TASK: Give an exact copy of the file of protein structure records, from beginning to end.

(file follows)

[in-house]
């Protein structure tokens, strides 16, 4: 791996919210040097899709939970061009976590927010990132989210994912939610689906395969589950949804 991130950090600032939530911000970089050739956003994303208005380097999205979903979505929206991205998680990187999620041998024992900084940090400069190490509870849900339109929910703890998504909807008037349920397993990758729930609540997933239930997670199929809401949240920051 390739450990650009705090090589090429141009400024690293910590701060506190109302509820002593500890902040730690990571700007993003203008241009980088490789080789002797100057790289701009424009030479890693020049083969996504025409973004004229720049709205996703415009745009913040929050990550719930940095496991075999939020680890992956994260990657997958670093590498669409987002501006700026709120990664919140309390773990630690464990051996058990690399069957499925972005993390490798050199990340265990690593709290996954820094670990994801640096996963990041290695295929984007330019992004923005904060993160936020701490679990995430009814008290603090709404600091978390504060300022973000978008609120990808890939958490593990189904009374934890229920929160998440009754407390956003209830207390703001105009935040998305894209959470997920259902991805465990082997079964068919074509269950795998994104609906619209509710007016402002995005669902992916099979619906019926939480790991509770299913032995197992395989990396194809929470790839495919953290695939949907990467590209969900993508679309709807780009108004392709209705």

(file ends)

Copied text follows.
[in-house]
């Protein structure tokens, strides 16, 4: 791996919210040097899709939970061009976590927010990132989210994912939610689906395969589950949804 991130950090600032939530911000970089050739956003994303208005380097999205979903979505929206991205998680990187999620041998024992900084940090400069190490509870849900339109929910703890998504909807008037349920397993990758729930609540997933239930997670199929809401949240920051 390739450990650009705090090589090429141009400024690293910590701060506190109302509820002593500890902040730690990571700007993003203008241009980088490789080789002797100057790289701009424009030479890693020049083969996504025409973004004229720049709205996703415009745009913040929050990550719930940095496991075999939020680890992956994260990657997958670093590498669409987002501006700026709120990664919140309390773990630690464990051996058990690399069957499925972005993390490798050199990340265990690593709290996954820094670990994801640096996963990041290695295929984007330019992004923005904060993160936020701490679990995430009814008290603090709404600091978390504060300022973000978008609120990808890939958490593990189904009374934890229920929160998440009754407390956003209830207390703001105009935040998305894209959470997920259902991805465990082997079964068919074509269950795998994104609906619209509710007016402002995005669902992916099979619906019926939480790991509770299913032995197992395989990396194809929470790839495919953290695939949907990467590209969900993508679309709807780009108004392709209705």